This guide gives advice on the wide range of attempts being made to promote ‘well-being’ and as such does not cover the avoidance of injury and illness in traditional health and safety terms, as that information is freely available elsewhere. However, it will help reps tackle management when work and work practices are likely to be the cause of workforce ill health.
Download Work and wellbeing guide (PDF)
Well-being’ has become one of the most over-used phrases in the English language. It helps sell anything from yogurt to holidays, pillows to pills. For some people the phrase refers to levels of happiness, while others think of it as a healthy body and mind. There is even a national well-being index intended to gauge the quality of life of people in the UK, as well as environmental and sustainability issues and even the country’s economic performance.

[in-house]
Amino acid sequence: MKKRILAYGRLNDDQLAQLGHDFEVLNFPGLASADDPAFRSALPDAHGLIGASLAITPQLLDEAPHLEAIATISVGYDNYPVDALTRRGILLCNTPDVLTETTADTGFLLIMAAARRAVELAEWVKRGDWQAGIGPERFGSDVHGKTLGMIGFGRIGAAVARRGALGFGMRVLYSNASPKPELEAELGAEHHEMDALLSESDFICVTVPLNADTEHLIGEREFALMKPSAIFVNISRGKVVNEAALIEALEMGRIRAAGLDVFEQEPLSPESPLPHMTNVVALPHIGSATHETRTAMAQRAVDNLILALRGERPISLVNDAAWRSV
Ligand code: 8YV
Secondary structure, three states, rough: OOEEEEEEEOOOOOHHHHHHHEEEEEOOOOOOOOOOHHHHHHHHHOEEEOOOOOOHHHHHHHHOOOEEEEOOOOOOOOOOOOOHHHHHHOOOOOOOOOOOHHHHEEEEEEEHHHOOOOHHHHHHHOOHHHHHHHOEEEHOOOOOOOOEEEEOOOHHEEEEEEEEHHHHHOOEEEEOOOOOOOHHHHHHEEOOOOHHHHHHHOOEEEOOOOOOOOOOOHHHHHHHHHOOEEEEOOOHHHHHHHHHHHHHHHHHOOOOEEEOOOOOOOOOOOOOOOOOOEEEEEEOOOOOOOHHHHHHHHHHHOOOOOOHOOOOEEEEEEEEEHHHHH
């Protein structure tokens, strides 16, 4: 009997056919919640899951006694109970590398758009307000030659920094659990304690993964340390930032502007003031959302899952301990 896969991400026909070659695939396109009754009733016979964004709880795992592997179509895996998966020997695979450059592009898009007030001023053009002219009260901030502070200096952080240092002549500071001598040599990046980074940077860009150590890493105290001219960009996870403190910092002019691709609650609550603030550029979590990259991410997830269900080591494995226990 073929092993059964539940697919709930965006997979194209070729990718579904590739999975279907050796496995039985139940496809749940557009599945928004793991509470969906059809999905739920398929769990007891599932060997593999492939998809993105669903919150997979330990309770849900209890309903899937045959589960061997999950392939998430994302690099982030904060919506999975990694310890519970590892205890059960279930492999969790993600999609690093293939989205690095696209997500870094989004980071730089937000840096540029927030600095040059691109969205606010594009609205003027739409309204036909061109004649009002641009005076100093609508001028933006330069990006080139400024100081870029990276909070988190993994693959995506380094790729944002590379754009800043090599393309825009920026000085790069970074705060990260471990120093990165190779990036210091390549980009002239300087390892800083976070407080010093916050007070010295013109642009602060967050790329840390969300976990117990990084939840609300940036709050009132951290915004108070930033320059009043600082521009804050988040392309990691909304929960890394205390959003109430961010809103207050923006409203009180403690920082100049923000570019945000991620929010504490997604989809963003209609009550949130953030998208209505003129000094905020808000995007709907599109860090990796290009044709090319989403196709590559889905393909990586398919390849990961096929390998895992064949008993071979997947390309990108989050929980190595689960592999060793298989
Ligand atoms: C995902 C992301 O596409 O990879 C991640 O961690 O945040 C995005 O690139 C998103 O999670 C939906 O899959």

The lack of any real agreement means that in the workplace ‘well-being’ or sometimes ‘wellness’ has become a convenient label for almost any healthrelated initiative. That makes it difficult for trade unions to respond, especially when management sometimes uses ‘well-being’ as a way of by-passing union involvement. However, a positive approach to developing ‘good work’ that takes account of health and well-being can lead to improvements in both the health and quality of life of the workforce.